on 2 days my mum comes and looks after the youngest 2

on 1 day the 1 yo goes to nursery all day, and the 4 yo gets picked up from school (at lunchtime) by that nursery and goes there.

Me and dh stagger our starts so that one starts early and comes home early and the other goes late and comes home late

In holidays its all a nightmare!

I make about 50p a week.

LongStory Thu 24-Sep-09 20:51:32

Aha I'm not the only mad one here! Thanks, ladies.

Diege - snap! (though did you quiver when you saw twins?) It sounds like a similar situation - DH works based from home so he can often do the runs. Also really helps that big 3 are all at the same school this year. Isn't it terrible having a long commute ... hmmm, read a book in peace or do the school run. (sorry, true colours showing through now). We are also quite picky about clubs and extra-curricular stuff - often we organise trips or team activities ourselves rather than fit into pre-arranged timetables.

Polyanna - having an au pair sounds ideal - but we live out in the sticks so no fun for them. Our mother's help started yesterday and it is looking really promising. I got to eat my meal HOT with only one baby on my lap!!!

I am hopeful that we'll all grow up with flexible adaptable children.

MMM - wow how exciting / scary, full respect, huge decision! the twins are lovely and in one sense easier than the others: you have to work the routines around them and be much less ambitious about your day, which perversely keeps life simpler. They have responded to this, possibly?, by being delightful and calm compared to the three previous screamers. BF twins is almost easier as you don't need breastpads with two latched on! OTOH I never have enough hands and mealtimes while weaning are very difficult. I don't know your family size / ages - but it would probably be less fun if you have to work around pre-schoolers as well.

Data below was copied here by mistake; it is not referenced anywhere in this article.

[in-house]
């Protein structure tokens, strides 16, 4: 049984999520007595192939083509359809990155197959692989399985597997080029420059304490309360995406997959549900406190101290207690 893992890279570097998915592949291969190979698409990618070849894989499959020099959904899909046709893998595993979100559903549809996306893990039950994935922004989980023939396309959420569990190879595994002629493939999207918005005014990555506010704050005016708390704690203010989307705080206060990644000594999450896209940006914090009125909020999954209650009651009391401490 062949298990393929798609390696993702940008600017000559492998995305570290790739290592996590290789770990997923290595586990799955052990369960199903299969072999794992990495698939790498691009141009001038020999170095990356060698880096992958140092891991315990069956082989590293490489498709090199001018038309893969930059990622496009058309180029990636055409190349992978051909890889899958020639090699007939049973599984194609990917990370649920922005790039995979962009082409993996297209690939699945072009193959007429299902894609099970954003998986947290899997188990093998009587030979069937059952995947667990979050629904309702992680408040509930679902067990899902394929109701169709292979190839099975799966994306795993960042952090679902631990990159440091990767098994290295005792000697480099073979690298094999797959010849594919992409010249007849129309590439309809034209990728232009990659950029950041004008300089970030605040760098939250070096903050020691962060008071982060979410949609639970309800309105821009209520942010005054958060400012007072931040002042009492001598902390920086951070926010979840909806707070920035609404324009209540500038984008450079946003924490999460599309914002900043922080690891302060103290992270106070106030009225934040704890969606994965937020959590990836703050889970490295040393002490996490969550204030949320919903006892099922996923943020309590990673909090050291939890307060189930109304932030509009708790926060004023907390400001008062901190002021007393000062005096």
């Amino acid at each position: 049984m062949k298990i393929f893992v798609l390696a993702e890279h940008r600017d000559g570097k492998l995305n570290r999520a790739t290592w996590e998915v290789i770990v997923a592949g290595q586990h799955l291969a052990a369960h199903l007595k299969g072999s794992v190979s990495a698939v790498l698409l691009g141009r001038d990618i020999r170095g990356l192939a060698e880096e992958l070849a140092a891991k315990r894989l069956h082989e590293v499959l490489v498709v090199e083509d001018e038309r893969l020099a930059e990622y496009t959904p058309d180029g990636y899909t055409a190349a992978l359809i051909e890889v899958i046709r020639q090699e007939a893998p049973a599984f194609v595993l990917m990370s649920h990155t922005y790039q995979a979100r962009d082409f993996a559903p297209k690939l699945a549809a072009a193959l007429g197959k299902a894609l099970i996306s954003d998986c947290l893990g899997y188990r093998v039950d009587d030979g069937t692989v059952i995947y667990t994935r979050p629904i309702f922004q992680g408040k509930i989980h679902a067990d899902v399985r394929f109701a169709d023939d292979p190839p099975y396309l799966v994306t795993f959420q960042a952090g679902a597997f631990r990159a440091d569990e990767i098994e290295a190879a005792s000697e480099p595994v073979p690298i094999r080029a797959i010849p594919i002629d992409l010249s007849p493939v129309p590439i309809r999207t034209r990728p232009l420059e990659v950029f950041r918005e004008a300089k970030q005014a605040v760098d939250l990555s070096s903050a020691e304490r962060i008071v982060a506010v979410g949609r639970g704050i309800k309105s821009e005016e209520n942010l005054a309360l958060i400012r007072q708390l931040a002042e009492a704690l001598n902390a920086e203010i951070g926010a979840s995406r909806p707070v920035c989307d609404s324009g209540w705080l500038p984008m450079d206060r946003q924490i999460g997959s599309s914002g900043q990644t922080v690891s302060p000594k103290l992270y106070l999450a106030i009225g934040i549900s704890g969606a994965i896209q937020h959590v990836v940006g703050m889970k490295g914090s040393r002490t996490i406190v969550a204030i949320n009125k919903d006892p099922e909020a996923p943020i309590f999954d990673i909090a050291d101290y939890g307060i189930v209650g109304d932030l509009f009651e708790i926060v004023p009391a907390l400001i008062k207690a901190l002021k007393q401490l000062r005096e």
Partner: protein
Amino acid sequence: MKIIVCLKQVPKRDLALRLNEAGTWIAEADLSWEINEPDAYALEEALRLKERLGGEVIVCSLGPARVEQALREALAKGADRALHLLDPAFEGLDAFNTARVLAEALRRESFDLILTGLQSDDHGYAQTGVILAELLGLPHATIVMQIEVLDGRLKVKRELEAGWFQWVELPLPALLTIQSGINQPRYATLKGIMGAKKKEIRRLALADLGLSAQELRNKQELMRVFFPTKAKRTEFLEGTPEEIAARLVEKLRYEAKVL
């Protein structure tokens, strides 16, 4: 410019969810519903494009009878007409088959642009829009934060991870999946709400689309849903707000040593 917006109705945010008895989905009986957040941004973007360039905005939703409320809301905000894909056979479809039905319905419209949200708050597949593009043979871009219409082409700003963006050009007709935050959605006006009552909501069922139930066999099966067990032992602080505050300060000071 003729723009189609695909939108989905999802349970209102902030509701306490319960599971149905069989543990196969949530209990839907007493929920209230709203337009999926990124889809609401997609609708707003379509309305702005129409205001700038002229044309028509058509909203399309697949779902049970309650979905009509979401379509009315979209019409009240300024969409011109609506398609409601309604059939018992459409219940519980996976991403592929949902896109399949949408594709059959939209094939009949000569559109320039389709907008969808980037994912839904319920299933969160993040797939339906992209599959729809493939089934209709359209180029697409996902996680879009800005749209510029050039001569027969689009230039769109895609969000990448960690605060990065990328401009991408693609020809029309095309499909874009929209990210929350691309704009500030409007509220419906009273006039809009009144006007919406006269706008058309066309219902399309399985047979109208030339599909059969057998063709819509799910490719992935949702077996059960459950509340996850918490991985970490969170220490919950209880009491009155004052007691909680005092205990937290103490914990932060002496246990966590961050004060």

Diege Fri 25-Sep-09 08:56:50

LOL LONGSTORY, I think we're living parallel lives grin We're also picky with clubs as childminder can only stretch so far with picking them up after. I also admit to a huge exhale of breath when leaving the house for my 2 hours each way commute. People say how intolerable it must be but what's not to like about the calm of an early morning, starbucks, and a copy of Grazia on the 6.50 train? grin Twins must be hard work! I may (at some point in my twilight fertility years)go for no.5 so good to see it's doable!

alysonpeaches Fri 02-Oct-09 11:37:07

I have 4, one at school 6, others are 4, 2 and 1. I have a fab childminder who works with her daughter who is also a registered childminder so capacity isnt an issue. She charges £3.50 per child and I get back from tax credits. I also have a cleaner and use an ironing service.

I considered a nanny thinking it would be cheaper, but found that the ones who were free werent OFSTED reg so no tax credit help there. I also cant cope with nanny tax etc. I like the idea that the childminder takes them to her home (and on lots of outings) and is very flexible about times. She also picks up and drops off sometimes.

There are several husband and wife teams childminding round here where both are registered etc I think its due to the recession. This means that one can do school run whilst other stays at home with little ones, it also means they take in more kids.

I used a private nursery previously, but much prefer childminder.